|Partial screenshot of the 'group1' 2015 Latymer homepage. Its impressive work by any standard, not just from students|
In my previous post, looking at a UK Indie band's website, I started by listing the many advantages of working with a local, Indie act. The following examples of student coursework websites, all from students at Latymer School in London, eschewed major acts, and their websites have a real wow factor. You can find links for their blogs (with videos and digipaks too) here, though I've also copied these in below.
They all used Wix to create their websites, and I'll blog on this separately.
NB: my thanks to chief examiner Pete Fraser for suggesting these as good student examples - you can find Pete blogging on media matters here, and updating his Twitter account here!
What makes these student websites good examples? Well...
- Most important of all, its not immediately obvious that this is student work, and thats the level you should always aim for! If you have me as a teacher you'll find its a point I'll frequently raise!
- The website ties together the wider package, in a way that a video/digipak/ad campaign doesn't do quite so naturally.
Official and bonus video on the video page.
- The shot variety involved is also likely to be greater than through digipak/ad packages, and you can judge for yourself to what extent separate photography has been commissioned rather than simply rely upon (lowered resolution) screenshots from the cinematography.
Gallery: not reliant on screenshots; extra photography employed
- The imagery is carefully constructed with mode of address and audience in mind.
- Likewise the language used - albeit many Indie acts will use 'strong language' as part of their discourse which these students obviously don't.
From the Roza website's 'Roza' page [about me equivalent] takes a creative approach
- The use and intregration of social media is simply superb, making full use of the widgets and apps available to Wix website builders to provide hyperlinked icons, invites to join/follow, and live feeds.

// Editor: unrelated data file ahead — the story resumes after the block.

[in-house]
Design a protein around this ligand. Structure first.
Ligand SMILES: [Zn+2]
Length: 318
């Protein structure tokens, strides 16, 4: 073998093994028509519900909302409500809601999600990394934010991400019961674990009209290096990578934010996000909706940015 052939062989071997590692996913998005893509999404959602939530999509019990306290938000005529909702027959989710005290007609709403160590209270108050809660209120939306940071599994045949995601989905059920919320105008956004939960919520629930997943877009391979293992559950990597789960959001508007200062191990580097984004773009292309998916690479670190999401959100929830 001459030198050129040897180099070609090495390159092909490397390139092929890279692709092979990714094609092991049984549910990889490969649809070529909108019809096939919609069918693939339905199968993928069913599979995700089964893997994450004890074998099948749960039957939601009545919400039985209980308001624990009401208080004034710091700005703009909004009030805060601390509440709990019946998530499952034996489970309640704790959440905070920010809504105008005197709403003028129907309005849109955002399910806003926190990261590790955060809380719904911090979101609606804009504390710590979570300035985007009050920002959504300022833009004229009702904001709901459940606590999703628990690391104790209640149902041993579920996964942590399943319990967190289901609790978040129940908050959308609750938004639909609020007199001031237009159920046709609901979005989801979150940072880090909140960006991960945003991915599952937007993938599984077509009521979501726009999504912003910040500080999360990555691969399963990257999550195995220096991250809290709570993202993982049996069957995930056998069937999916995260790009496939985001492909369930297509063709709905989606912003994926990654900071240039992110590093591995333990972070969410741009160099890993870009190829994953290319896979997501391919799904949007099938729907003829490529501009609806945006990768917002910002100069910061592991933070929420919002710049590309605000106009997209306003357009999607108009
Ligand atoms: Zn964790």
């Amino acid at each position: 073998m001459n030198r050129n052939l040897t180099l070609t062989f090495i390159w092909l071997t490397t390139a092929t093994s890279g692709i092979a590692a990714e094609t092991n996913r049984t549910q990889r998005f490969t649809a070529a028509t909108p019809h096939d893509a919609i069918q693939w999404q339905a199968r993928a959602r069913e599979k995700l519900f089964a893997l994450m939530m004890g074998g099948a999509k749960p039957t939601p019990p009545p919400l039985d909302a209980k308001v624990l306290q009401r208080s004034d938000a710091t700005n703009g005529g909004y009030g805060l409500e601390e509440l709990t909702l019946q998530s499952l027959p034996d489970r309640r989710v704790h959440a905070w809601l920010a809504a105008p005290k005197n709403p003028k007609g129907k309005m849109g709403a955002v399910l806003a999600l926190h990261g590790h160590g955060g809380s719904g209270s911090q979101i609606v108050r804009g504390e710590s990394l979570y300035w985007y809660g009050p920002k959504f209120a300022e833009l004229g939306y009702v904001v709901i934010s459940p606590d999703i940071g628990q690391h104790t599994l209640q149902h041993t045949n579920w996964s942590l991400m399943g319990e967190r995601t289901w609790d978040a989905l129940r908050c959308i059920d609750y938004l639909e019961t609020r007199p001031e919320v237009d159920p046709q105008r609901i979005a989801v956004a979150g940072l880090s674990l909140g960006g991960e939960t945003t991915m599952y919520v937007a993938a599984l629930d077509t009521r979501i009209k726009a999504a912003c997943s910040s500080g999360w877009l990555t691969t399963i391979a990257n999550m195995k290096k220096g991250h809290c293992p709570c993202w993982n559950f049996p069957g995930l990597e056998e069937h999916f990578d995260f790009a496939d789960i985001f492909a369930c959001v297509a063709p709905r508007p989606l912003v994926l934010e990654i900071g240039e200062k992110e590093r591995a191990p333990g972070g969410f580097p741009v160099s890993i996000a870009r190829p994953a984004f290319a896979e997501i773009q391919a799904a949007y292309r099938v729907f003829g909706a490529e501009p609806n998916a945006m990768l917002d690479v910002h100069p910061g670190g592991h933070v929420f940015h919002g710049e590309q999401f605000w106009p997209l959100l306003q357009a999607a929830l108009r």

- What is especially notable is the depth of these; the various social media have been updated with much more than token posts and content; this maintains the convincing, realistic feel of the productions (the verisimilitude).
- Font variation and selection is generally strong.
- The branding overall is strong; you get a clear sense of the image being constructed and communicated.
- Clutter is generally avoided, with appropriate use of space around elements.
The editable Wix templates help ensure you'll avoid clumsy layouts. The various components here are well balanced, yet clearly distinguished through colouring and more.
- Navigation is clean and simple, with the key pages always accessible, and sub-pages used to keep the top links list short enough to be clean and user-friendly (the sub-pages are directly accessible by hovering over the top links list too).
- The band name/logo is the largest element, but doesn't needlessly fill the screen on each page/screen.
An ever-present name/logo is basic branding, but shouldn't overwhelm, or necessitate scrolling to see the page you're trying to visit; this example achieves a good balance.
- The detail and finish are very clearly the result of thorough, considered research into and analysis of the conventions of band websites.
- The use of technology is impressively broad and thoroughly well integrated, rarely giving the sense of being used for its own sake but rather to enhance the design and the user (audience) experience).
- This extends to the high visibility of e-commerce tools (you can add goods to the shopping basket, though obviously by the 'checkout' stage there is no link to a shop), crucial as it reflects the key purpose of many sites today, and the reality of the music industry following the disruptive forces of digitisation - music is becoming a secondary revenue source to merchandise and touring.
- Seriously, you'll come across many actual band websites which have been professionally produced (for a fee!) that come nowhere close to the slickness of these student examples - a sign not just of technological convergence (the last time I looked at website design, DreamWeaver, a complex, user-unfriendly programme, was nigh on essential - clearly no longer!), but of coherent, creative, organised teamwork, with a clear determination to do better than okay...
Note that the blogs are supremely multimedia, and you may find its not a good idea to load up multiple tabs at once...